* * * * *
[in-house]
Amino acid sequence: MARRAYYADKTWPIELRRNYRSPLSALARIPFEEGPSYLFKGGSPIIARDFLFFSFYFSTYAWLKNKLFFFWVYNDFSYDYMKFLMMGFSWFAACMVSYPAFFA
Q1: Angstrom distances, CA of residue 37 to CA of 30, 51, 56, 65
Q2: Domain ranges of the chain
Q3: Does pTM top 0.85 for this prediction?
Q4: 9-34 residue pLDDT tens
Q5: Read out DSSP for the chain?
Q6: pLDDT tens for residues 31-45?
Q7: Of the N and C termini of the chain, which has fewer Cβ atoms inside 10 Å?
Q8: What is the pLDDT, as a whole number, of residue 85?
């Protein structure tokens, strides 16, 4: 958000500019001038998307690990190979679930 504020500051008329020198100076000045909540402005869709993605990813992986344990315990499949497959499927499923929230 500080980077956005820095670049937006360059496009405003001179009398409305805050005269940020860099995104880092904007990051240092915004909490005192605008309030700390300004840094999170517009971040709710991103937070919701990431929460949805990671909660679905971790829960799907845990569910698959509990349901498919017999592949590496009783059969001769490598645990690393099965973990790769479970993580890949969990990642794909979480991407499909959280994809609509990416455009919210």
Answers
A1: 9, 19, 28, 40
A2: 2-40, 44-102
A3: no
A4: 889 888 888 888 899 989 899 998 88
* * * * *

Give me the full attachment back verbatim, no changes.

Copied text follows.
[in-house]
Amino acid sequence: MARRAYYADKTWPIELRRNYRSPLSALARIPFEEGPSYLFKGGSPIIARDFLFFSFYFSTYAWLKNKLFFFWVYNDFSYDYMKFLMMGFSWFAACMVSYPAFFA
Q1: Angstrom distances, CA of residue 37 to CA of 30, 51, 56, 65
Q2: Domain ranges of the chain
Q3: Does pTM top 0.85 for this prediction?
Q4: 9-34 residue pLDDT tens
Q5: Read out DSSP for the chain?
Q6: pLDDT tens for residues 31-45?
Q7: Of the N and C termini of the chain, which has fewer Cβ atoms inside 10 Å?
Q8: What is the pLDDT, as a whole number, of residue 85?
């Protein structure tokens, strides 16, 4: 958000500019001038998307690990190979679930 504020500051008329020198100076000045909540402005869709993605990813992986344990315990499949497959499927499923929230 500080980077956005820095670049937006360059496009405003001179009398409305805050005269940020860099995104880092904007990051240092915004909490005192605008309030700390300004840094999170517009971040709710991103937070919701990431929460949805990671909660679905971790829960799907845990569910698959509990349901498919017999592949590496009783059969001769490598645990690393099965973990790769479970993580890949969990990642794909979480991407499909959280994809609509990416455009919210």
Answers
A1: 9, 19, 28, 40
A2: 2-40, 44-102
A3: no
A4: 889 888 888 888 899 989 899 998 88